Not all prenuptials are created equal

Although prenuptial agreements are becoming more common in Illinois and throughout the country, there remain misconceptions regarding some of their basics. Initially, despite what once may have been the reality, prenups are not now exclusively a tool to be employed by the affluent. People are typically marrying later in life than they once did, which often corresponds with either or both of the partners owning a home or business before marriage. However, for whatever the reason a prenup is proposed, there are rules of construction that must be followed if it is to be considered a valid, binding legal document.

A prenuptial agreement can address a wide range of topics but a favorite issue involves one partner agreeing to accept less in the event of a split than would otherwise be likely to be awarded by a family court. It's important to remember that despite the fact that a prenup is a very specialized type of contract, it is a contract that must comport with contract basics. A seminal factor if the prenup were to come under judicial scrutiny is whether the parties were in equaling bargaining positions as they hammered out the specific contract details.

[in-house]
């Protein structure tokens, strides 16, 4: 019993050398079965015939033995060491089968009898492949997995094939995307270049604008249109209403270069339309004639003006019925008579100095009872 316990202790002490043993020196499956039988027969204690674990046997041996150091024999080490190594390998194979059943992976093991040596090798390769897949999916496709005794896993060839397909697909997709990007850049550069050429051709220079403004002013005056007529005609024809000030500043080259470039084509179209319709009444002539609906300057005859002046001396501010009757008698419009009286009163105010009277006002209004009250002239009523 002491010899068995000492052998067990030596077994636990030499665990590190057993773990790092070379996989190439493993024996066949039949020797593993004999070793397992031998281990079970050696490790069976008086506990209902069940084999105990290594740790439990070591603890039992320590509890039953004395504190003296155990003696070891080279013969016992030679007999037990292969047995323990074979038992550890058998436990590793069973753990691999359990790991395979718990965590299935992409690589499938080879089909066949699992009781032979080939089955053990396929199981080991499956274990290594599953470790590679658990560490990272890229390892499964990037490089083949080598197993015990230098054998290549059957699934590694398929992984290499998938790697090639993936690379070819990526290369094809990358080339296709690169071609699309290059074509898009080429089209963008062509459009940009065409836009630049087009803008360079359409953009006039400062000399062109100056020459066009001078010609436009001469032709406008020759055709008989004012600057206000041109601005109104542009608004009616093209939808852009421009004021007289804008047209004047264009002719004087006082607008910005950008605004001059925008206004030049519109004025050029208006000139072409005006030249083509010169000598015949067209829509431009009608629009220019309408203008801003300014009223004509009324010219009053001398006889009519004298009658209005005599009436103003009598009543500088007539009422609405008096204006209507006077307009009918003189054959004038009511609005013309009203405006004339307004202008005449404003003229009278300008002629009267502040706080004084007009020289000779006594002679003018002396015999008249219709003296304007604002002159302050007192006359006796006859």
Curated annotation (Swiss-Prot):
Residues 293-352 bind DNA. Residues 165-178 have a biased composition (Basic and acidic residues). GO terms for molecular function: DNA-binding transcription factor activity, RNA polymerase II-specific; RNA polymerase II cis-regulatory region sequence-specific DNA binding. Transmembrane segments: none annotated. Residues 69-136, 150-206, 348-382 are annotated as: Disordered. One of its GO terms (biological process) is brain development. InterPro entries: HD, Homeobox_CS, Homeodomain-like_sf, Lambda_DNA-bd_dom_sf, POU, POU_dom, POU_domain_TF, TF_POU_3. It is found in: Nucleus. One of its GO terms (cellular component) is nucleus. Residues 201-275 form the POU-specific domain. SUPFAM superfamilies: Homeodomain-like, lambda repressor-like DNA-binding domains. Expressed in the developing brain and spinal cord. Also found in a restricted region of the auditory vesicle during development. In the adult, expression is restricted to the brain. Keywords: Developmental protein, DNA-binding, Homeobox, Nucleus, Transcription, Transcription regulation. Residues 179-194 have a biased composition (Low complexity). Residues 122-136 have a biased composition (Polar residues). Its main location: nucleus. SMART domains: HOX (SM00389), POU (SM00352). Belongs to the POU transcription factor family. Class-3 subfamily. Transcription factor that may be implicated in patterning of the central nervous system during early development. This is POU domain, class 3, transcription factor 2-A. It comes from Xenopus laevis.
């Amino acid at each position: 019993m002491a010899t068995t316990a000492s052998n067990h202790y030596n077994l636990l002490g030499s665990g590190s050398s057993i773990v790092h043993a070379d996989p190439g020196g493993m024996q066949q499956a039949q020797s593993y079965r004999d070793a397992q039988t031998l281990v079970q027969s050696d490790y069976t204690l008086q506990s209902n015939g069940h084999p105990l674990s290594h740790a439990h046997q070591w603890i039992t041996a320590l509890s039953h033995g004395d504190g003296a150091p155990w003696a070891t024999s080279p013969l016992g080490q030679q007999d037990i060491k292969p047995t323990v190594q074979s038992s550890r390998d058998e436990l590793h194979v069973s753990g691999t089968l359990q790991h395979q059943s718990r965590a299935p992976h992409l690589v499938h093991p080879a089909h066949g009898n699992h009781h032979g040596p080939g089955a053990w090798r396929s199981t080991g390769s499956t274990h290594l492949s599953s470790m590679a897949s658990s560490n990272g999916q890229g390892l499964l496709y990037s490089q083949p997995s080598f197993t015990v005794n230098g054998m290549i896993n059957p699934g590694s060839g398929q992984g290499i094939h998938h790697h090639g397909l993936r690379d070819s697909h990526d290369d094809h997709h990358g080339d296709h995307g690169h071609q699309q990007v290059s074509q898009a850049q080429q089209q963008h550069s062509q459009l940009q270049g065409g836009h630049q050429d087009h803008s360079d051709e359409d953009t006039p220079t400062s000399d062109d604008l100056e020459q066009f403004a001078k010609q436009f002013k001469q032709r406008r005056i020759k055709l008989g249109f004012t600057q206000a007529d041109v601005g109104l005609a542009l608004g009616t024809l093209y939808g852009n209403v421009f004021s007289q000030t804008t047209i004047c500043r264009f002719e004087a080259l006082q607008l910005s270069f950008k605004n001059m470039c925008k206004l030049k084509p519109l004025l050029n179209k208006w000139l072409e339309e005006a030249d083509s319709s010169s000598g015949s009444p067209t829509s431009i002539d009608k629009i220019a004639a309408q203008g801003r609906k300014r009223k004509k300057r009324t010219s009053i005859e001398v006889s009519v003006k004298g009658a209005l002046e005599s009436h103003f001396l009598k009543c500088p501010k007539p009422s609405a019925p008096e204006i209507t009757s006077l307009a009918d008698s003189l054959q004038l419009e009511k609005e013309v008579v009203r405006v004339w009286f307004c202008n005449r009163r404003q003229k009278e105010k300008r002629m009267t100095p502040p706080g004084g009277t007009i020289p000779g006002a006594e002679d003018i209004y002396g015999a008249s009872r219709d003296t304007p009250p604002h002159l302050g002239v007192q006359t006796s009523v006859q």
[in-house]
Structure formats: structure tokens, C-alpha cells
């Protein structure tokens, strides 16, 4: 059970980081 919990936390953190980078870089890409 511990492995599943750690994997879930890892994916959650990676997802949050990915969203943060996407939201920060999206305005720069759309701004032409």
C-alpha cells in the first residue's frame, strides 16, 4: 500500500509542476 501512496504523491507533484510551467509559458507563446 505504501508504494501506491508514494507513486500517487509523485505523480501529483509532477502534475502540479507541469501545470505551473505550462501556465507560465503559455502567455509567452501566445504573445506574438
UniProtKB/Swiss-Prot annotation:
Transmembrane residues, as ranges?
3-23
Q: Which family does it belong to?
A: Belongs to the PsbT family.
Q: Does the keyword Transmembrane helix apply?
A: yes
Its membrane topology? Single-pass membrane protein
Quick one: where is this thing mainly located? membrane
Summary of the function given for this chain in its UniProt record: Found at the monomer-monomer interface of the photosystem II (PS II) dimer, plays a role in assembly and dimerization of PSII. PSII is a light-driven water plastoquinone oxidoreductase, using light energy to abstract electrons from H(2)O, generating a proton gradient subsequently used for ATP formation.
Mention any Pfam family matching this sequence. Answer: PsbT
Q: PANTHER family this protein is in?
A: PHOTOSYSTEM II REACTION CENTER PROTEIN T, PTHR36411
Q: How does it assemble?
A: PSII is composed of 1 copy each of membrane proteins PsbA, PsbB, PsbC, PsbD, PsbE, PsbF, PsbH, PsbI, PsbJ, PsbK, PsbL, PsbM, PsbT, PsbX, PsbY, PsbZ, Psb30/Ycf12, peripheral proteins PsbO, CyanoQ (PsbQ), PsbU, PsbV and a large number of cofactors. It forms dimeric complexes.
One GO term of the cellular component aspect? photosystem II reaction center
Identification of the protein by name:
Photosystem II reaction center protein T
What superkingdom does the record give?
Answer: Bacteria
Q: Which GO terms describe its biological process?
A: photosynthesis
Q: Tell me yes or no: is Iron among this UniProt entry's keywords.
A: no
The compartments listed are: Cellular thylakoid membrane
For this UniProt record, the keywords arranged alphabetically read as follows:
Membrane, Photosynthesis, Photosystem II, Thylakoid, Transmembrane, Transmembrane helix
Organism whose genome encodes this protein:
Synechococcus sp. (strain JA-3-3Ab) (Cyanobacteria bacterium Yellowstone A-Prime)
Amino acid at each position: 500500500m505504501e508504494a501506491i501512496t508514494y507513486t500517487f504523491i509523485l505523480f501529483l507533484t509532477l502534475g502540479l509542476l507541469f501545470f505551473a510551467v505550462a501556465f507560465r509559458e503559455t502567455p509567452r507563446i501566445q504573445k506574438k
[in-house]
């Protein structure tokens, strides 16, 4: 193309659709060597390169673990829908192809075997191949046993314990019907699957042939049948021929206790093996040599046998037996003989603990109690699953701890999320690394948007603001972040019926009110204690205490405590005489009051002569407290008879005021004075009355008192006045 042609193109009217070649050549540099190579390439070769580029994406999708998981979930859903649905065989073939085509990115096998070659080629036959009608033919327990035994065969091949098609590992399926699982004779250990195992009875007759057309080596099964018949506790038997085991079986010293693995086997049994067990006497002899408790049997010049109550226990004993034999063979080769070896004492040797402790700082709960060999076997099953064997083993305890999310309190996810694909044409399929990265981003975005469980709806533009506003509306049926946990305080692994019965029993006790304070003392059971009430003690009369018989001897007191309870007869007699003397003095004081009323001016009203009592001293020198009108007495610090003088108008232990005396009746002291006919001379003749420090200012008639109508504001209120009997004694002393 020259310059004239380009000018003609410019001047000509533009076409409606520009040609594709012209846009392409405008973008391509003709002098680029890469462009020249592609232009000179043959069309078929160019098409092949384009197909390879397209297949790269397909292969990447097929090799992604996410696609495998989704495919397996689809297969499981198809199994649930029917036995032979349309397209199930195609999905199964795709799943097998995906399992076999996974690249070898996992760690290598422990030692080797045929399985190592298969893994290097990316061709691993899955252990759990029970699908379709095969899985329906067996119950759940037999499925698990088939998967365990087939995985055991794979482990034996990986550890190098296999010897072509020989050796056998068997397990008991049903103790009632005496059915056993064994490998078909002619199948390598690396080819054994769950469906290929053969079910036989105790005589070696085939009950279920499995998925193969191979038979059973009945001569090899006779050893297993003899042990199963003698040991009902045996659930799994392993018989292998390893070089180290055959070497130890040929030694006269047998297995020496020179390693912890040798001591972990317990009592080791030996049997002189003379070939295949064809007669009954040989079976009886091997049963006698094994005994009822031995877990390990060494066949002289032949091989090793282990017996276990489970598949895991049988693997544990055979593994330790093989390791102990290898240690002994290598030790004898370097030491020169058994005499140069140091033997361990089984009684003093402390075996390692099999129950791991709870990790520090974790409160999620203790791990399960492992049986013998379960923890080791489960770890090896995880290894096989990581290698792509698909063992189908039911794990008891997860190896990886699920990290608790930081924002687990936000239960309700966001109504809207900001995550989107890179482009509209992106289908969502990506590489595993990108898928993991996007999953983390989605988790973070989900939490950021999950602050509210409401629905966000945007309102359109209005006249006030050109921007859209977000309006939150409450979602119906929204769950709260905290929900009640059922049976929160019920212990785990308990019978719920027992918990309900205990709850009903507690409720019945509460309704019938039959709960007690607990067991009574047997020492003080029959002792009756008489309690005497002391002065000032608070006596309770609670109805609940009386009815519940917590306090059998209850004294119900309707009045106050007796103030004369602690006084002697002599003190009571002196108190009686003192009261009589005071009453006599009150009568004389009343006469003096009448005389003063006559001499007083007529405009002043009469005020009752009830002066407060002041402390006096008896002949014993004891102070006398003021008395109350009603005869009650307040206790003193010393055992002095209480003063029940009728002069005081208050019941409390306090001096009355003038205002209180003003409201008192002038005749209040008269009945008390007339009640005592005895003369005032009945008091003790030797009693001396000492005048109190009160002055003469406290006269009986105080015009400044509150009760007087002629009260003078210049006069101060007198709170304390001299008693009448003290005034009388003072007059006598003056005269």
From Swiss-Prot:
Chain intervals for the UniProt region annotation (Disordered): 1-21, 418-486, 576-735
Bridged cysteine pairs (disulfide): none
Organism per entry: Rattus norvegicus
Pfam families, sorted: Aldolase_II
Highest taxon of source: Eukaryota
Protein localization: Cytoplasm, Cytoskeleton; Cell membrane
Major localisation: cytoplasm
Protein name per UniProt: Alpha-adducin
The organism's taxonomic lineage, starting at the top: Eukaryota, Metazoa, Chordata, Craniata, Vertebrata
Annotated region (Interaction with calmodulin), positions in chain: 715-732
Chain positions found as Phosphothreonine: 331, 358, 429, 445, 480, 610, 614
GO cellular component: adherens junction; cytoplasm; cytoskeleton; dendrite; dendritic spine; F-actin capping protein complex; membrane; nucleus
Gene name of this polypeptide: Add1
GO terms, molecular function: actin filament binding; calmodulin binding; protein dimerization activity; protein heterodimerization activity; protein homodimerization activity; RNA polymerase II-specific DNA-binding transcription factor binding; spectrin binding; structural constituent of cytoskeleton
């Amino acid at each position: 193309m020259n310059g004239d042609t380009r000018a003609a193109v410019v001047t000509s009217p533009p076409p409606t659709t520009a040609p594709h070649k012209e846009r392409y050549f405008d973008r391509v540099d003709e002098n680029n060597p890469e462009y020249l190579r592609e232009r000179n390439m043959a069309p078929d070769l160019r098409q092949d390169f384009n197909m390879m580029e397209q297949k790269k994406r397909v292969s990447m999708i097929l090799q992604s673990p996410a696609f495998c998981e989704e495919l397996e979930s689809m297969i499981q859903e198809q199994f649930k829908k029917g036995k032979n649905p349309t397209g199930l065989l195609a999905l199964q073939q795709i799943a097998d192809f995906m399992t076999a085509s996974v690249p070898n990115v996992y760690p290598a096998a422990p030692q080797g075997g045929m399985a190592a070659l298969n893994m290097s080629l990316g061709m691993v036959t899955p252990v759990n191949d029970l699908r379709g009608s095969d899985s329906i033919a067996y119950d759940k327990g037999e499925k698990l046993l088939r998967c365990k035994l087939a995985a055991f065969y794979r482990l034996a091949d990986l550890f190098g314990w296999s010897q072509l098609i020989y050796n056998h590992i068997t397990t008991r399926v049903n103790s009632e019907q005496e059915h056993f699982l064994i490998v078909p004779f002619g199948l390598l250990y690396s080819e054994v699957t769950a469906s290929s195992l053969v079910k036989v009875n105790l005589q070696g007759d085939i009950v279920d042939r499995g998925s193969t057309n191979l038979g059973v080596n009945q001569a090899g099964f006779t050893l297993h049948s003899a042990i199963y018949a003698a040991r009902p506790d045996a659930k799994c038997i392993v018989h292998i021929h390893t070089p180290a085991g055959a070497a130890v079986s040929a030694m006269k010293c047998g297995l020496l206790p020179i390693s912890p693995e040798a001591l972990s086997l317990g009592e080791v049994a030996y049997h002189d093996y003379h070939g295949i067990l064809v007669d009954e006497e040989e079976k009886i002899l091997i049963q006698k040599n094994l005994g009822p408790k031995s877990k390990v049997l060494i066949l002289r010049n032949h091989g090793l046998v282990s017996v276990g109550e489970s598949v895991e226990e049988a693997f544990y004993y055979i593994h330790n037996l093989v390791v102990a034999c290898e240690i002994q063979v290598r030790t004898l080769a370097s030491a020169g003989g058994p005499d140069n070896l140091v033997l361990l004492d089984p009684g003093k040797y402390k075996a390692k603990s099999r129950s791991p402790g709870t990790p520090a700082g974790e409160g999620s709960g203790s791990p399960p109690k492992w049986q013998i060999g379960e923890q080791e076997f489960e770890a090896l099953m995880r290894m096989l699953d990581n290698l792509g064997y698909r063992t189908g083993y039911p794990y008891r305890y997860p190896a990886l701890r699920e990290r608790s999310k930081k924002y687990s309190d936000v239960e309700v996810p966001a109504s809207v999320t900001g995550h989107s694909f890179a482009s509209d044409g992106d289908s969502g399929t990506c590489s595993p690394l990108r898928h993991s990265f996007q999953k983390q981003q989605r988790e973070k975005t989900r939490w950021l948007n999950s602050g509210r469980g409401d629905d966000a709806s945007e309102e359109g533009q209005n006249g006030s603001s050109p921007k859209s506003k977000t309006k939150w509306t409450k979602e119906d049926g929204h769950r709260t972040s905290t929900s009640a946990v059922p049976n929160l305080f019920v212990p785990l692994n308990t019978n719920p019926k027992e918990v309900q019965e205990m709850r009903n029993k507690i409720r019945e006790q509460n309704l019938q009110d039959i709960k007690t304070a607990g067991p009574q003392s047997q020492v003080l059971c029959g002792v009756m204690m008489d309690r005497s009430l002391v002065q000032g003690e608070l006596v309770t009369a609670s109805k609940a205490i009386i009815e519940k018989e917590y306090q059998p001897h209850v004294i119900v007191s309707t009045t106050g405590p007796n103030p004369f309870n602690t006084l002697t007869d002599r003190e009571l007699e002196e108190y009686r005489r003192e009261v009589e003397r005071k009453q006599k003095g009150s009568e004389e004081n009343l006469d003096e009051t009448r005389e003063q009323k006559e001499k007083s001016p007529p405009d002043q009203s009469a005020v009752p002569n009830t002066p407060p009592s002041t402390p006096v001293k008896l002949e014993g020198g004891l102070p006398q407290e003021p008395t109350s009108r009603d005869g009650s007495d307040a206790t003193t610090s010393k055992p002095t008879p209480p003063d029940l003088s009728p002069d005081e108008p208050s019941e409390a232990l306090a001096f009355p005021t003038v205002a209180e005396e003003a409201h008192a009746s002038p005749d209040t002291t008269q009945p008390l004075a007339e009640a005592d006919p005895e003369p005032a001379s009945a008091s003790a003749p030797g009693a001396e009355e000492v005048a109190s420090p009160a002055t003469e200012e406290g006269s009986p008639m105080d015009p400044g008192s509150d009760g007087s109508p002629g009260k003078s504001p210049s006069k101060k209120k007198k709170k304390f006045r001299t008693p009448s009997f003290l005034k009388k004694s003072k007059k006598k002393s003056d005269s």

Usually, courts will make certain the partner with fewer resources understands the nature of the transaction and fully, freely and for fair consideration willingly gives up certain potential rights. Prenups that may not survive are ones that may be blatantly one-sided, presented right before the wedding or are not in the native language of the person who is to be restricted by its terms.

Prenuptial agreements can make divorce less complicated, but there are nonetheless important legal matters to sort out when a marriage dissolves. An experienced family law lawyer might be able to provide guidance through the emotional ups and downs of the divorce process.

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